Medium-sized bridge-spouted jars (37) have medium-coarse fabrics. Approximately 33 examples have been identified, including a possible one inside the kiln. They closely resemble in shape MM III and early LM IA examples from Kommos as well as phase III jars from Phaistos.112 They have elongated globular or rather plump ovoid bodies, folded-back ledge rims, and almost vertically rising handles with circular section. Five are unpainted, 18 are dark monochrome coated (37), and 9 carry light-on-dark thick retorted spirals. Absent from the kiln and dump, however, are
spouted jars with light-on-dark decoration and on lustrous dark-on-light patterned examples with ledge rims. The earliest examples come from MM
IIIB/LM IA transitional contexts in Knossos (Warren 1991, fig. 5:F; Pop-ham 1984, pl. 145:1). See note 89 for our use of Popham's designation "MM IIIB/LM IA." An unpainted specimen from the South-West Basement (PM II, fig. 403:E) is dated by Warren to MM IIIB or the transitional stage (Warren 1991, p. 334), but may be later in date; see Macdonald 1990, p. 19. For a mature LM IA example from Knossos, see PM II, fig. 253:D. Handles with circular section are rare on fine bridge-spouted jars from LM IA contexts in the Mesara. For Kom-mos, see also 65 (which may not be a Kommos product), and perhaps Kommos III, pl. 3: no. 125; for Seli, see Cucuzza 1993, pls. 6: XXI-3, 16d. They are much more common in LM IB in the Mesara, occurring on fine bridge-spouted jars of either decorative scheme (Kommos III, fig. 14: no. 124; Halbherr, Stefani, and Banti 1977, figs. 75-78; La Rosa 1986, fig. 46:b; Pernier and Banti 1951, fig. 107:b; Levi 1959, figs. 25:e, g, h, 30:c; 1967-1968, figs. 64, 72:a-c).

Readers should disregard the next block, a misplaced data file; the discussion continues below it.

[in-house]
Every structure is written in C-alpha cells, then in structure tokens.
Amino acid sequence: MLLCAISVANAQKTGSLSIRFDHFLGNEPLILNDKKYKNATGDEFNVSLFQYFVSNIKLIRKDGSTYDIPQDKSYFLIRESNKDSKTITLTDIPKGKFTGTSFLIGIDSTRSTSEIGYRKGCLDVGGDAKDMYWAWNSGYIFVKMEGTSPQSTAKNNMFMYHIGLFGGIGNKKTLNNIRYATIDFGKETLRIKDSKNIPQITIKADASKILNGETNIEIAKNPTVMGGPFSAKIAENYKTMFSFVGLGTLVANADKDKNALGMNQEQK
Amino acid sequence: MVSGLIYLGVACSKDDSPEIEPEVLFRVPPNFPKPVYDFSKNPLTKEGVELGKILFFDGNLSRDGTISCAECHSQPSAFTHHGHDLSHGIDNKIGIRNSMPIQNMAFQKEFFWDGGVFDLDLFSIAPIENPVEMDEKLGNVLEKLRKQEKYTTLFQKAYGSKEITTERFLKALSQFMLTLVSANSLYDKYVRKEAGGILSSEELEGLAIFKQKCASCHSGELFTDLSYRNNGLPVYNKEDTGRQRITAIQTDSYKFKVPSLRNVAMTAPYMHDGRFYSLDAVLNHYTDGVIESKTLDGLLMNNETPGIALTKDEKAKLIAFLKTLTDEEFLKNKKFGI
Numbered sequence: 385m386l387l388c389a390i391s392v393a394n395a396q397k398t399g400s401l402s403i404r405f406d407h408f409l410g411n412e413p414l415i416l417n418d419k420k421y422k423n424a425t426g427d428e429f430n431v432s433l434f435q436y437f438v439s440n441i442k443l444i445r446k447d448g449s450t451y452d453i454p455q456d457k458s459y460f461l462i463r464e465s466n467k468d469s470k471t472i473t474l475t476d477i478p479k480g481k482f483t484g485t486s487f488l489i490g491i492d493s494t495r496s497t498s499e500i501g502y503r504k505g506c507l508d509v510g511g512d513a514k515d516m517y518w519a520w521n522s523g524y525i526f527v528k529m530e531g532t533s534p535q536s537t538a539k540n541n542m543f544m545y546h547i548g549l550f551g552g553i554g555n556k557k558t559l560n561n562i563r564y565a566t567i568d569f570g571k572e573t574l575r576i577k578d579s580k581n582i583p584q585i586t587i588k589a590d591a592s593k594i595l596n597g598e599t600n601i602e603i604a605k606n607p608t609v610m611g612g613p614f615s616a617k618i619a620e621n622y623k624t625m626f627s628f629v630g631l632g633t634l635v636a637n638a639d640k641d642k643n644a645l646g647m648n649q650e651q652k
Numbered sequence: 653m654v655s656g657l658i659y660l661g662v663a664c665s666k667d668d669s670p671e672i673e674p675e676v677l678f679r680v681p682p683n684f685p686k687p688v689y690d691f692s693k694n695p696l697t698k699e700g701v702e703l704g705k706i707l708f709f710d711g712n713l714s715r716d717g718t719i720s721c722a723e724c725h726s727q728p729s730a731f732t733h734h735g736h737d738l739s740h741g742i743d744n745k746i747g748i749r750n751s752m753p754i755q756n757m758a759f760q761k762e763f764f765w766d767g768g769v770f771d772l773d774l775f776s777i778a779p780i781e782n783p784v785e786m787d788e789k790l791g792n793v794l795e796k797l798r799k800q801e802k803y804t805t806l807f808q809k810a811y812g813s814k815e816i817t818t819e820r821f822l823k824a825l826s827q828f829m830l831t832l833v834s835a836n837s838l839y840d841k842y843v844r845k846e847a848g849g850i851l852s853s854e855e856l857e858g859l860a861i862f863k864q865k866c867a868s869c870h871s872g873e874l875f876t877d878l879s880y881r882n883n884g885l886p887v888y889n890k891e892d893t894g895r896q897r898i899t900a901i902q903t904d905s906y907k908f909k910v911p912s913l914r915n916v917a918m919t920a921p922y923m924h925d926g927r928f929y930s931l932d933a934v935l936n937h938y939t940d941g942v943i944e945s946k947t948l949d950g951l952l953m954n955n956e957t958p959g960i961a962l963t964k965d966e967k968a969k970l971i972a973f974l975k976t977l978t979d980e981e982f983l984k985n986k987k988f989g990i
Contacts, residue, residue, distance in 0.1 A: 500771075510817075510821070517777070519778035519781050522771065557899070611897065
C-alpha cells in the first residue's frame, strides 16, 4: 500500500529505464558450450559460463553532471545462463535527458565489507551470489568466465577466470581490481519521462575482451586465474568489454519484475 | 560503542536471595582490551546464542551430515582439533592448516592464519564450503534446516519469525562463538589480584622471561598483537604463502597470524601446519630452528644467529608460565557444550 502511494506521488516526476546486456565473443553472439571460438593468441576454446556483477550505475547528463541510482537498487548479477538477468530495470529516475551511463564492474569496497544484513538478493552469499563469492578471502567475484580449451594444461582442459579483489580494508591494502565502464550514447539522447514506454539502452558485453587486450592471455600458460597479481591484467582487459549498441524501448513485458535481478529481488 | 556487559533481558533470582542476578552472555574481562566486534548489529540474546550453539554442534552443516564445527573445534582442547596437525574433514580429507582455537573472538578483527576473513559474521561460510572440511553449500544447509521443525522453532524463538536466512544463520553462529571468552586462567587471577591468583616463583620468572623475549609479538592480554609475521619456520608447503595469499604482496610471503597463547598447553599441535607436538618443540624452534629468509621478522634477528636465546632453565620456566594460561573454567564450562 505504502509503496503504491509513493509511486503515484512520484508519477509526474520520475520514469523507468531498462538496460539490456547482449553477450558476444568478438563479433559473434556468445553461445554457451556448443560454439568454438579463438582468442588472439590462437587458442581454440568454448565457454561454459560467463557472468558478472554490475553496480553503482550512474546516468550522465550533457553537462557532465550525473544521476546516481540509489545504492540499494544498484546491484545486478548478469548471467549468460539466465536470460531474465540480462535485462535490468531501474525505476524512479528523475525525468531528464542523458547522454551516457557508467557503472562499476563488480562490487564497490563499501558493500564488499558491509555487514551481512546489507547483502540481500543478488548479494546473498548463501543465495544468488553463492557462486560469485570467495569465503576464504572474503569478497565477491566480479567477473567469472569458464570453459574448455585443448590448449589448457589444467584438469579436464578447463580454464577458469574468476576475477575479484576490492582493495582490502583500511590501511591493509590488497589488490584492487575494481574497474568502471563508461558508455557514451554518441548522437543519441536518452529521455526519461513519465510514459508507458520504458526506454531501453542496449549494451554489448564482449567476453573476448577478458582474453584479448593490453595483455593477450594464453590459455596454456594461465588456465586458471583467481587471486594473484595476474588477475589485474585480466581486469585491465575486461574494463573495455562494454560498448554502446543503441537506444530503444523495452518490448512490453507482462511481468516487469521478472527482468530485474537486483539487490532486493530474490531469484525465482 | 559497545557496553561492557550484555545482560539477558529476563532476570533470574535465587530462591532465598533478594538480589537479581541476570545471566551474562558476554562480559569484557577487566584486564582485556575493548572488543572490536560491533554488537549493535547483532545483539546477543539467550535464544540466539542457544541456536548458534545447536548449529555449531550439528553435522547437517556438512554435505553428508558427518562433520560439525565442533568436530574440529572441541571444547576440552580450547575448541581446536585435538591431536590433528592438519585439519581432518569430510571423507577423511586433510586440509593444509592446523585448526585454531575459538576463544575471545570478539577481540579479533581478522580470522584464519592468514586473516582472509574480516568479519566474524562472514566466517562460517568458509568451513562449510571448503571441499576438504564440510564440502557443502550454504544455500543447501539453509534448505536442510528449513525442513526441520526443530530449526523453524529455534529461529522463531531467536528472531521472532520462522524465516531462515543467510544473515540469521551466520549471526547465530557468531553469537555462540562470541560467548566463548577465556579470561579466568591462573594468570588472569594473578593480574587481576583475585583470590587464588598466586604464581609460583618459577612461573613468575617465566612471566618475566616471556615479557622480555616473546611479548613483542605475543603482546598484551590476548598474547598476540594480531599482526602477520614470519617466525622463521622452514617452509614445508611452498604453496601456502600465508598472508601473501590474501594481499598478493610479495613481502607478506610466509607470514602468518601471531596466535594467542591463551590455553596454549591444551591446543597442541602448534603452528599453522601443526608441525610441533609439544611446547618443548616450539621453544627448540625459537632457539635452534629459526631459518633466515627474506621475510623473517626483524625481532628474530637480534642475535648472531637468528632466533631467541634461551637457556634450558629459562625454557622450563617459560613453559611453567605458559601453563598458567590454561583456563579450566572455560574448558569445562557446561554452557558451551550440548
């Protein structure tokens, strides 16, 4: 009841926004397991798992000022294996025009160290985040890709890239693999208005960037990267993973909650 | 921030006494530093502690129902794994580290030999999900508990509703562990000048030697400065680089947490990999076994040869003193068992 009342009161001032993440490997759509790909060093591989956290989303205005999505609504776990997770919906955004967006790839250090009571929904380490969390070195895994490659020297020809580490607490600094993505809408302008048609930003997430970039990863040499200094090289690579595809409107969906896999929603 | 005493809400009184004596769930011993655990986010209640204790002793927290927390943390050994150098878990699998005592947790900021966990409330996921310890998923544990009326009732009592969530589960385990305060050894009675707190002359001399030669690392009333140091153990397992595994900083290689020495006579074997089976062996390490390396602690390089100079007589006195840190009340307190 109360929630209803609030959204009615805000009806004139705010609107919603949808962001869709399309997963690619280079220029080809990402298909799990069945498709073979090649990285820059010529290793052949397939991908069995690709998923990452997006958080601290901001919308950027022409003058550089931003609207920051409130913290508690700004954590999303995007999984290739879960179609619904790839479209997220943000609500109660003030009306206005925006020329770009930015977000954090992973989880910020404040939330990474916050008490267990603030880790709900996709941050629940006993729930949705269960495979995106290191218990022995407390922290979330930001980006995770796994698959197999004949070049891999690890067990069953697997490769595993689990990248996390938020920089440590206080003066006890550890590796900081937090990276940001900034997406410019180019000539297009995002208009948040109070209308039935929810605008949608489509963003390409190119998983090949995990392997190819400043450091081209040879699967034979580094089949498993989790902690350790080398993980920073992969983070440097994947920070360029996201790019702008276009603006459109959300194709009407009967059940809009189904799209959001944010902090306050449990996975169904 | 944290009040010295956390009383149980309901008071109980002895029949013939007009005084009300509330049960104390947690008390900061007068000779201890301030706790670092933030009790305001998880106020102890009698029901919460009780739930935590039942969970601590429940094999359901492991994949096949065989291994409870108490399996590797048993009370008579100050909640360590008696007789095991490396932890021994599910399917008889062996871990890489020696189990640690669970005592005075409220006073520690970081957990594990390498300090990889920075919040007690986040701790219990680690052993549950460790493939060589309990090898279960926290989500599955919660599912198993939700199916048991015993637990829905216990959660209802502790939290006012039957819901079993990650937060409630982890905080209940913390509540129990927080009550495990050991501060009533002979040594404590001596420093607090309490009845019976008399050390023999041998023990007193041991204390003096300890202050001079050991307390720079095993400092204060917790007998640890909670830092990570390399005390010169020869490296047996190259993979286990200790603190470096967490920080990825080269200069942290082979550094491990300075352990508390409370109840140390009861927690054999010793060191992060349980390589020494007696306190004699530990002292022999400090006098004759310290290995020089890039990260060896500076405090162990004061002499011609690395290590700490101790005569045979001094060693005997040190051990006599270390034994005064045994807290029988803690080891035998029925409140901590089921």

112. For Kommos, see Kommos II, figs. 27: no. 599; 40: no. 826; 41: no. 861. For Phaistos, see Levi and Carinci 1988, pp. 115-116, pls. 50:e, f, 52:a, b; Levi 1976, pls. 198:b, d, f, 200:k, m, 201:g, i. Levi and Carinci point out that the near-vertical orientation of the handles of medium-sized and large bridge-spouted jars in phase III represents a change from the more slanted orientation of earlier bridge-spouted jar handles. A dark-on-light patterned example from Kommos is dated by Watrous to LM I (Kommos III, pl. 4: no. 203). It has a ledge rim but its profile is not illustrated. Also at Knossos, large MM III and LM IA bridge-spouted jars with coarse fabrics have round-sectioned handles in near-vertical positions. Examples come from Acropolis Deposits B and E (Catling, Catling, and Smyth 1979, figs. 20: V.128; 29: V.208, V.215). Jars V.128 and V.208 have upturned rims unlike their Mesara counterparts.
the small, crudely made bridge-spouted jars produced in medium-coarse fabrics that were common during MM III and early LM IA at Kommos.113 Their absence will be one of the arguments for dating the kiln pottery later than early LM IA (see below).